Apple will build Macs in Texas using some parts made in the U.S., CEO Tim Cook said Tuesday, putting a little flesh on a pledge from last December.
In a prepared statement Cook read before a Senate subcommittee yesterday, the chief executive named Texas as the location of a new factory where Apple will assemble Macs.
Cook was in Washington, D.C. to defend Apple's tax practices after senators accused the California company of dodging its obligations by shunting profits to overseas subsidiaries, including several in Ireland, one of which has allegedly paid no income taxes for five years.
"We're investing $100 million to build a Mac product line here in the U.S.," said Cook, repeating comments made last December in interviews with NBC and BusinessWeek. "The product will be assembled in Texas, include components made in Illinois and Florida, and rely on equipment produced in Kentucky and Michigan."
Cook's naming of Texas and the other states was part of a litany of Apple's U.S. job creation history.
Cook did not elaborate on the facility, when it will come online or what Mac the plant will assemble.
However, in an interview earlier this week with Politico -- part of his D.C. media blitz before Tuesday's hearing -- Cook said that the U.S. factory will begin churning out a new version of a current Mac later this year.
Cook also told the influential blog that components for the new Mac would come from suppliers in Arizona, Texas, Illinois, Florida and Kentucky.
Apple already relies on iPhone and iPad components made in Texas, and iPhone glass from Kentucky, Cook said in the prepared statement.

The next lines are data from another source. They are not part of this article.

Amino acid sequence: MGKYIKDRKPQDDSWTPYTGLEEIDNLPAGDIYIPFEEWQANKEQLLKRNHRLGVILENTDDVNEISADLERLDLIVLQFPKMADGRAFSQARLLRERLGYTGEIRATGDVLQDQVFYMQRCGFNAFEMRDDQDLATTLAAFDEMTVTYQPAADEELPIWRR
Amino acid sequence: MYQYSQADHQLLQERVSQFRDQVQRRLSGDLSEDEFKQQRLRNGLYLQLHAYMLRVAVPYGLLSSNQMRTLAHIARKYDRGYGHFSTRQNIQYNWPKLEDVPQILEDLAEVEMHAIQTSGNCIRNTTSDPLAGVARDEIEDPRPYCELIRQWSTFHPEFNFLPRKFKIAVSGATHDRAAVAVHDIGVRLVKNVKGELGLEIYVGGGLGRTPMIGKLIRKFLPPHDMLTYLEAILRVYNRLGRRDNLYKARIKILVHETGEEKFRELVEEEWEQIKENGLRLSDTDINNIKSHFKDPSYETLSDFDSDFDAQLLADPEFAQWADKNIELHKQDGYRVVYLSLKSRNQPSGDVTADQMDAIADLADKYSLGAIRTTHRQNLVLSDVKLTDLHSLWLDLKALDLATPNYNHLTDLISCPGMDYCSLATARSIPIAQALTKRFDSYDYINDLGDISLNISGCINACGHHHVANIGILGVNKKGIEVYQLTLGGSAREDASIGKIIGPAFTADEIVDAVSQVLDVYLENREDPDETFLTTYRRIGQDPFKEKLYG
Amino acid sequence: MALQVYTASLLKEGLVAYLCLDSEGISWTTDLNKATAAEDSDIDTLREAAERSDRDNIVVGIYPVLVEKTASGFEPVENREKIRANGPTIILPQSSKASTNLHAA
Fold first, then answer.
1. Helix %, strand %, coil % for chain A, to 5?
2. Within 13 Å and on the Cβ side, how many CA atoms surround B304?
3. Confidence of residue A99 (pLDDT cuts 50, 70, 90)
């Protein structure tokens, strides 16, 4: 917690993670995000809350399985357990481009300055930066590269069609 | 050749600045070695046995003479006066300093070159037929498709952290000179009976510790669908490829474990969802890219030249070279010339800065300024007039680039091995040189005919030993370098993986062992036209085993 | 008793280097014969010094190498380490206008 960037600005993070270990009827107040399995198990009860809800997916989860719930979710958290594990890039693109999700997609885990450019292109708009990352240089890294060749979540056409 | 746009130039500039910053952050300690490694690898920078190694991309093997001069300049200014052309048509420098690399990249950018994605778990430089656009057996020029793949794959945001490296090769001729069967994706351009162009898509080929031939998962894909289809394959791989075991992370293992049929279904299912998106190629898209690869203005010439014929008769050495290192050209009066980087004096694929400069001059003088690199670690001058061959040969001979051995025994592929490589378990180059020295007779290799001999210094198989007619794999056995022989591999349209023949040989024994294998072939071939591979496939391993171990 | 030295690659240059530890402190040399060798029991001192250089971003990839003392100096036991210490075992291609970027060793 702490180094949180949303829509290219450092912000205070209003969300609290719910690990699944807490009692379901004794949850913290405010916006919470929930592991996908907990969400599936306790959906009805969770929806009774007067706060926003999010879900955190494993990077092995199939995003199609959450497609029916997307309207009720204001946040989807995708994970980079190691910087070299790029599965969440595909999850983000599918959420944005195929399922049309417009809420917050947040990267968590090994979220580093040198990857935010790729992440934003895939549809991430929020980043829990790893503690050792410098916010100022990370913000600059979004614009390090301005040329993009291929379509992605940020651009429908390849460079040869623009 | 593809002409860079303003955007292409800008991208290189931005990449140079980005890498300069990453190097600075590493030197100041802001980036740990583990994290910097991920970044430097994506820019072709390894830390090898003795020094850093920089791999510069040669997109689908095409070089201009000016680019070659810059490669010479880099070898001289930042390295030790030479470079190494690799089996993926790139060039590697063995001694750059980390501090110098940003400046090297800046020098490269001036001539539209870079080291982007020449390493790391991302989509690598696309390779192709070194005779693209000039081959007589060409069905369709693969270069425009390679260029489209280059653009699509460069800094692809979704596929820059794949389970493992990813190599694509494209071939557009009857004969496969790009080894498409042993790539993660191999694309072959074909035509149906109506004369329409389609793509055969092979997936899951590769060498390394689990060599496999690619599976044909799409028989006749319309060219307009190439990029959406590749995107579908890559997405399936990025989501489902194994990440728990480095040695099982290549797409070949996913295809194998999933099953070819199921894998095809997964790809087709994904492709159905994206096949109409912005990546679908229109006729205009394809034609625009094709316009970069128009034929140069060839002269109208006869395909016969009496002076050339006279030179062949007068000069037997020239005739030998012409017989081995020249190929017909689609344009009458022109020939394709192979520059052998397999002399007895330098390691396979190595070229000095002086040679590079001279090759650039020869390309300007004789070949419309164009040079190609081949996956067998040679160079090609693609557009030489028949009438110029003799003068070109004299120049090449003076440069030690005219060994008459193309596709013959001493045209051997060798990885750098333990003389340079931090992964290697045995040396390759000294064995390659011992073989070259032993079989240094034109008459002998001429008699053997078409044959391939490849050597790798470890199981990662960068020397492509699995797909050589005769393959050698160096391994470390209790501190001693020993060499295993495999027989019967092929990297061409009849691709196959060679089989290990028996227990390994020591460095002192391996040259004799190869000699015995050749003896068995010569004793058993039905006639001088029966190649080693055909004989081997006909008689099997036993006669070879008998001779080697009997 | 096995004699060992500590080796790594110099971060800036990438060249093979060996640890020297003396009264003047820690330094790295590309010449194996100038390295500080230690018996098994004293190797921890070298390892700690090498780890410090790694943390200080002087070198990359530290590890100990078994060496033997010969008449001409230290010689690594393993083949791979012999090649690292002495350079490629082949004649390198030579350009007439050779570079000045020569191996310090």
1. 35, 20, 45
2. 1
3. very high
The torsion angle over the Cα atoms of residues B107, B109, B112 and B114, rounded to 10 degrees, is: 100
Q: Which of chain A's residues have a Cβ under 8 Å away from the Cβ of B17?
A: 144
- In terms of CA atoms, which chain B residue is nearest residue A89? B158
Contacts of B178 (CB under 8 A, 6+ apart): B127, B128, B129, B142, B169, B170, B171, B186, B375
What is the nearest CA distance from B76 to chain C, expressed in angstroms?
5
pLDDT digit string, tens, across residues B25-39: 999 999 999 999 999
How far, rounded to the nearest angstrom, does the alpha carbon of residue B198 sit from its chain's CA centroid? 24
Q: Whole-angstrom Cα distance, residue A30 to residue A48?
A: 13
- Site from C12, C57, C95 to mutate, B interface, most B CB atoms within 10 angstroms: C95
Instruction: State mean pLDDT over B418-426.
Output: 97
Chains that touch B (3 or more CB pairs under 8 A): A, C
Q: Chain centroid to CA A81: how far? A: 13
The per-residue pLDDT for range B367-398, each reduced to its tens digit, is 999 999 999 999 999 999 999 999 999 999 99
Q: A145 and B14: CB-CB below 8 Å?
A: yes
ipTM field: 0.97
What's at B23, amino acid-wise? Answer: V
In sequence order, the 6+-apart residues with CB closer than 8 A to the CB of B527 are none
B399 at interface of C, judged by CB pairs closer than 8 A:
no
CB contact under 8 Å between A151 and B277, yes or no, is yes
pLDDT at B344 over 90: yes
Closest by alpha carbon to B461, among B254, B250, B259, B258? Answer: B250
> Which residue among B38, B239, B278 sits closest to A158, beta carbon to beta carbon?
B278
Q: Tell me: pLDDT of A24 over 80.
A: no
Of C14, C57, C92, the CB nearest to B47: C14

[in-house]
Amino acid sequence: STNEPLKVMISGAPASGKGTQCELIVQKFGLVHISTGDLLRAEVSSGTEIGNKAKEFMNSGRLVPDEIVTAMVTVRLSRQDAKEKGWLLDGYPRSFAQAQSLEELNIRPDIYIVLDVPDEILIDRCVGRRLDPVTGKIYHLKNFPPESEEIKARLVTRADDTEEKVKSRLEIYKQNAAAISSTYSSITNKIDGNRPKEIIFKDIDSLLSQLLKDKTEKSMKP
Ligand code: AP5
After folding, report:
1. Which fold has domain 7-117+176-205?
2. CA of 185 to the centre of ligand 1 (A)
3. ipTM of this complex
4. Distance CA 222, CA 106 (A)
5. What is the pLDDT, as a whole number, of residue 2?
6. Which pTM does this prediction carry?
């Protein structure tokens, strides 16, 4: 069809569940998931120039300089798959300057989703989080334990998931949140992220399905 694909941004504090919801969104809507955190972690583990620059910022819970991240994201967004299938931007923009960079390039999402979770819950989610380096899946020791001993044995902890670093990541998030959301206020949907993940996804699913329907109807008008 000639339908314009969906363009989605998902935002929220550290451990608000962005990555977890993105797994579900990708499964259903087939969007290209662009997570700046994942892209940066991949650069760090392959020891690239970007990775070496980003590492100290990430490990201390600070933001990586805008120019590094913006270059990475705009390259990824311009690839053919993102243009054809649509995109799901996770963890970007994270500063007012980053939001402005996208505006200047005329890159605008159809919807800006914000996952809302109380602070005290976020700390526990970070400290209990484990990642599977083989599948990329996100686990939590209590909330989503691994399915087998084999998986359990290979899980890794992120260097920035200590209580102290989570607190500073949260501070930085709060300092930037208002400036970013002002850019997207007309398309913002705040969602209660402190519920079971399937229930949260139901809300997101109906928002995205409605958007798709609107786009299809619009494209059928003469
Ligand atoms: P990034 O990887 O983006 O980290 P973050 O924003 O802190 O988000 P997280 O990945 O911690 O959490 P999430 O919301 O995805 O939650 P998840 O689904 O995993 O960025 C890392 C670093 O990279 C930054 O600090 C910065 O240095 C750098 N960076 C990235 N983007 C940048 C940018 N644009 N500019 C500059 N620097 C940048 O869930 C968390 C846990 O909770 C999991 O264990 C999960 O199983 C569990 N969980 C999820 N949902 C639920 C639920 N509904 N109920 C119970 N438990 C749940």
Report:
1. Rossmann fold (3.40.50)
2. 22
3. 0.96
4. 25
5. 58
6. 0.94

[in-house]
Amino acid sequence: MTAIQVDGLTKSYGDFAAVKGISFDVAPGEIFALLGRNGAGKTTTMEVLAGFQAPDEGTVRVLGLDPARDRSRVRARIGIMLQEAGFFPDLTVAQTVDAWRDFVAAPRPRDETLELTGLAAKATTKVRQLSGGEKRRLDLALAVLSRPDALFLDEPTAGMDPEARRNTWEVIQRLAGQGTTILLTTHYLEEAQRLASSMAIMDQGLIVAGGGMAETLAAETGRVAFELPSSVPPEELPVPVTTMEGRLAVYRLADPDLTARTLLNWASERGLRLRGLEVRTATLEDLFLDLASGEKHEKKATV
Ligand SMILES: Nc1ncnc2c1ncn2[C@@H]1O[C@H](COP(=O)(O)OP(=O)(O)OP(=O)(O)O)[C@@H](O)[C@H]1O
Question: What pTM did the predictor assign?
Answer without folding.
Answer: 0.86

Texas is a natural for Apple.
The company already has a large presence in the Lone Star State's capital of Austin, and recently broke ground there on a multi-phase project that will add one million square-feet of office space to an existing campus. The expansion, scheduled for completion in 2021, will cost an estimated $304 million and add 3,600 jobs to Apple's Texas workforce.
Texas also has no corporate income tax, although it does collect a gross receipts tax, called a "franchise tax" by the state. According to the Tax Foundation, a tax policy think tank, Texas was rated No. 38 in 2013 for its corporate tax rate, part of the organization's overall rating of the most business-friendly states. (In its rankings, the Tax Foundation uses lower numbers to represent states with a lower tax burden on businesses). California, where Apple is headquartered, was ranked No. 45 in the same category.
The Tax Foundation's overall tally for Texas -- which also includes rankings for individuals' income tax, sales tax, property tax and unemployment tax -- was No. 9. Meanwhile, California's overall ranking was No. 48.
Gregg Keizer covers Microsoft, security issues, Apple, Web browsers and general technology breaking news for Computerworld. Follow Gregg on Twitter at @gkeizer, or subscribe to Gregg's RSS feed . His email address is firstname.lastname@example.org.